The Archdiocese of New York confirmed today that Cardinal Timothy Dolan has accepted an invitation to offer the closing prayer at the Democratic National Convention, thus confirming roles for the head of the US Conference of Catholic Bishops at both political conventions.
Some on the right have declared victory over those who expressed concerned at Dolan’s appearance at the RNC, claiming that his prayers in Charlotte next month neutralizes concerns over those he will offer in Tampa later this week. And on one hand, Dolan’s appearance can be seen as an honor for Catholics, with one of our more prominent leaders being so in demand that he secured spots at rival events.
But does the church run the risk of losing something by appearing and acting so hyper-political this year?
The Catholic Church is called to be a prophetic voice in society, speaking for the marginalized, the voiceless, and the oppressed. It must comment on great moral issues, and take on the powerful when appropriate. But it cannot align itself too closely either political party, partisan politics, or, perhaps, national political conventions.
Perhaps in previous election cycles, an archbishop speaking at both conventions wouldn’t be controversial; perhaps it might even be cause for celebration. But recently, many bishops have become so partisan, nodding and winking as they effectively endorse the GOP. Perhaps sitting out these conventions would have been wise. If Cardinal Dolan really believes he is just “a priest going to pray,” sending a priest who hasn’t been at the fore in attacking the White House may have sufficed.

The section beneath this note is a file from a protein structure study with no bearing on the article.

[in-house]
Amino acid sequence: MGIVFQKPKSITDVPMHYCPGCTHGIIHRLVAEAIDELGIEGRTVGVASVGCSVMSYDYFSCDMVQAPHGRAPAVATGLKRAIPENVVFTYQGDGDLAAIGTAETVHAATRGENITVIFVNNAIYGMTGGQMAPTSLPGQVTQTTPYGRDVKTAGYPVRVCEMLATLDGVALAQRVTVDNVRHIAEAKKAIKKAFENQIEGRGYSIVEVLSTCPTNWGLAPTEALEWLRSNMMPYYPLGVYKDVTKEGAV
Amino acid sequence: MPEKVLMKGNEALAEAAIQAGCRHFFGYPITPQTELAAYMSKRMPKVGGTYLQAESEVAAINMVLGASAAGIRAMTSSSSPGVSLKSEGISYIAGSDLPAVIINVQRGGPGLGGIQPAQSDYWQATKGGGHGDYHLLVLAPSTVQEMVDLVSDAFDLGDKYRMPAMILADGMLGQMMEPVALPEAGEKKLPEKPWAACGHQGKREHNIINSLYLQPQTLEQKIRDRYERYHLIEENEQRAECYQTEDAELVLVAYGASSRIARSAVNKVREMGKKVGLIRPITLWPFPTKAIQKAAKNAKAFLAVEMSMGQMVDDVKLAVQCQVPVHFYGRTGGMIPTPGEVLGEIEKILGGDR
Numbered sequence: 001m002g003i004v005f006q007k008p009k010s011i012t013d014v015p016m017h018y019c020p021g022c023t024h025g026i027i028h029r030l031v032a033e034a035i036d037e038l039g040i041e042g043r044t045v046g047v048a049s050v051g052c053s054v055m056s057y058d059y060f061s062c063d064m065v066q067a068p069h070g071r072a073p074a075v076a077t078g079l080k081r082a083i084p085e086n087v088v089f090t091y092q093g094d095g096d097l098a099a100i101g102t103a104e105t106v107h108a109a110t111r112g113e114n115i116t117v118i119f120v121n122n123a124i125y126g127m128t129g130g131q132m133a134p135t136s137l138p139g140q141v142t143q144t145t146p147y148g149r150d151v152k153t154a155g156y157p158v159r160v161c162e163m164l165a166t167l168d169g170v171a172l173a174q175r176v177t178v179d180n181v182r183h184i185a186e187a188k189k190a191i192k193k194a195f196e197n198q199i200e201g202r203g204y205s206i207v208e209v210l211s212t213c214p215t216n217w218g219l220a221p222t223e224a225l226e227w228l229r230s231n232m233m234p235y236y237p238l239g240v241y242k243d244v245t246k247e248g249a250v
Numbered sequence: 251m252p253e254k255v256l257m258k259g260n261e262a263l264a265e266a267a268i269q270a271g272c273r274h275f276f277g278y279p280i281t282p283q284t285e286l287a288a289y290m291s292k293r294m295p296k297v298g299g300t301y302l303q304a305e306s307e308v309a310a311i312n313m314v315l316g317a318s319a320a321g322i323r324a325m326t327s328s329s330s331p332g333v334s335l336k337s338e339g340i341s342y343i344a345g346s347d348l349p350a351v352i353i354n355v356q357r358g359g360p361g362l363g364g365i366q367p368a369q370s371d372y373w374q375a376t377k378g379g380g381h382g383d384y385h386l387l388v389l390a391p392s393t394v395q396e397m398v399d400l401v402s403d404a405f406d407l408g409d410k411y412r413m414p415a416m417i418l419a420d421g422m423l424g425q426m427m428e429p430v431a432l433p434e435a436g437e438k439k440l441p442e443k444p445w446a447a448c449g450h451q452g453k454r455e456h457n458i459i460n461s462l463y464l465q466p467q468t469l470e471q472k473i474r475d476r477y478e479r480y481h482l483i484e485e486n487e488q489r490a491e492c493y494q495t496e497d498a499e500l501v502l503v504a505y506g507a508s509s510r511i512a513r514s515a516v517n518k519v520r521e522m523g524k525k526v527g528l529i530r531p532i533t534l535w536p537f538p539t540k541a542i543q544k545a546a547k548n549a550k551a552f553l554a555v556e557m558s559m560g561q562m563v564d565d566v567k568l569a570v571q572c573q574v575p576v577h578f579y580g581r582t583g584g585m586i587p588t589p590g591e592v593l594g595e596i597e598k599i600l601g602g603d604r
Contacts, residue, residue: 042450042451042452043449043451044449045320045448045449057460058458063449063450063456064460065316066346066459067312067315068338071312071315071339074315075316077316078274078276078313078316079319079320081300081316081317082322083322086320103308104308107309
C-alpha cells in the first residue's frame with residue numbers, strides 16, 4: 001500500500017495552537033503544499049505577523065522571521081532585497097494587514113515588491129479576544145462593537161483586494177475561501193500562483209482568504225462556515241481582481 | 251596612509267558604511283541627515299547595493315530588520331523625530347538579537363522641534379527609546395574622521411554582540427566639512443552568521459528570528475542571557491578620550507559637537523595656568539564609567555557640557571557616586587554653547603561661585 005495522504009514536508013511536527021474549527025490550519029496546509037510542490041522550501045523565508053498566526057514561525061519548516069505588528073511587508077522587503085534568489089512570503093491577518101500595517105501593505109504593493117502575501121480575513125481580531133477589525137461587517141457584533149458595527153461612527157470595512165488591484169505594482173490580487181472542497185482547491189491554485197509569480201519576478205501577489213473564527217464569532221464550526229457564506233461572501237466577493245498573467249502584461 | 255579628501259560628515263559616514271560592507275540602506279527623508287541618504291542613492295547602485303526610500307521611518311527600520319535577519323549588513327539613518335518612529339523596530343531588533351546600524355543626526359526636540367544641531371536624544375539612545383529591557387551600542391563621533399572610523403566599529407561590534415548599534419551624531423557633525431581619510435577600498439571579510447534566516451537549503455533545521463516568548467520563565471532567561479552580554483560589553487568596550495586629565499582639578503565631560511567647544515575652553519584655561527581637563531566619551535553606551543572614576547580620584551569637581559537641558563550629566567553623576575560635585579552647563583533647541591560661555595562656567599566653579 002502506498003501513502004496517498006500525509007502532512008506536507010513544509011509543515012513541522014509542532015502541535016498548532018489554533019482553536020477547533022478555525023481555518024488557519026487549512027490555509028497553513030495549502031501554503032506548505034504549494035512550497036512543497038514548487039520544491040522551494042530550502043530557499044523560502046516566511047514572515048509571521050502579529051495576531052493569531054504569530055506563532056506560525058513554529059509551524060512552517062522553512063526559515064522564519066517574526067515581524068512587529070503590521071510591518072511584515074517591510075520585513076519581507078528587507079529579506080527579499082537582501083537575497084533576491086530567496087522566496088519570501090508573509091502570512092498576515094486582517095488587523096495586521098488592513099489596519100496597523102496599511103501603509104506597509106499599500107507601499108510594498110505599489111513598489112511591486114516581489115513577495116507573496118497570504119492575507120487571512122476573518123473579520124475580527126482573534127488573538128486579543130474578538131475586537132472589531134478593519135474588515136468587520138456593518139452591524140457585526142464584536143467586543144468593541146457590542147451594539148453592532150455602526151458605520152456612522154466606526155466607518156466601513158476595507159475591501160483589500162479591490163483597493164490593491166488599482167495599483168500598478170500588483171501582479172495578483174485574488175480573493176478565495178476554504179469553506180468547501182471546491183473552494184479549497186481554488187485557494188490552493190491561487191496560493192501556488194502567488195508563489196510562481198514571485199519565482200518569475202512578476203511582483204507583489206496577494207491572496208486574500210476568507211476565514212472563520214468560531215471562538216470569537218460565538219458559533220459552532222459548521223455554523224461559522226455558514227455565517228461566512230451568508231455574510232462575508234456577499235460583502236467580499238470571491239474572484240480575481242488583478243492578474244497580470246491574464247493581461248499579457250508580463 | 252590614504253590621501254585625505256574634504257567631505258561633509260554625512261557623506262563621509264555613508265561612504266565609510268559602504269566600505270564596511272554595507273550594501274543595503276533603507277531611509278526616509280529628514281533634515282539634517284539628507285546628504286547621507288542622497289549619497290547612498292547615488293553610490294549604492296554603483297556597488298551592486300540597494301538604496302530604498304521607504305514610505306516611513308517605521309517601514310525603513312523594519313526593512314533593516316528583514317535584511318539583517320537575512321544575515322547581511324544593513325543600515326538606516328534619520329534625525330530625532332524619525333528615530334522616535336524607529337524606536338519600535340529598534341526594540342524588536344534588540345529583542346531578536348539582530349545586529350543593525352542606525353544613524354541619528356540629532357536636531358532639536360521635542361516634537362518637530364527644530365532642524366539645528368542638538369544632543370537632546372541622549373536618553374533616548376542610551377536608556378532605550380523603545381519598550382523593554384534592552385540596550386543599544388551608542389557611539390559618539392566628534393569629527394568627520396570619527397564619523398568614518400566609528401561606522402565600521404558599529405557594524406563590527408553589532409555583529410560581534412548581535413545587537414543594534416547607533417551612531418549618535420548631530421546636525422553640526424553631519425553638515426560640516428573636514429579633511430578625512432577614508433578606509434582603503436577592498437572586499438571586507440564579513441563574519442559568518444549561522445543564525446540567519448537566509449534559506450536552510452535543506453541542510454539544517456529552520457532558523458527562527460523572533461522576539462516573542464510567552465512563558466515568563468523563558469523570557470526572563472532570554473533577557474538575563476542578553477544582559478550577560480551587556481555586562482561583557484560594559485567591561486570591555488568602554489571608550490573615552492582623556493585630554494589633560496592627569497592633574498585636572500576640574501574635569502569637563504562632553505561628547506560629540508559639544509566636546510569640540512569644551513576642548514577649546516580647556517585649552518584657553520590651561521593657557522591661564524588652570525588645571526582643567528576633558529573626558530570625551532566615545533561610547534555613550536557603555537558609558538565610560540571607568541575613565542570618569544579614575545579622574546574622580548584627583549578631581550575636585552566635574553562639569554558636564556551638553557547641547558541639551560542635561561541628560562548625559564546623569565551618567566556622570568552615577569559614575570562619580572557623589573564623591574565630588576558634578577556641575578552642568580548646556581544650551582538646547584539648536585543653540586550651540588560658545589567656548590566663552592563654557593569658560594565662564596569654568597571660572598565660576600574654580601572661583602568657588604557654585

Cardinal Dolan and some of his brother bishops are suing the Obama Administration; they have held weeks long protests against his policies; and they have spokenglowingly about Paul Ryan in the press. When he agreed to bless the GOP convention, Dolan was seemingly giving his imprimatur to the Romney campaign. A brief appearance at the DNC won’t nullify this perception. In fact, might some question the Cardinal’s motivations, or his sincerity? Will others see in these appearances a desire for the church to amass even more political capital? And most importantly, do these appearances and the ensuing controversy help or hinder the church’s mission?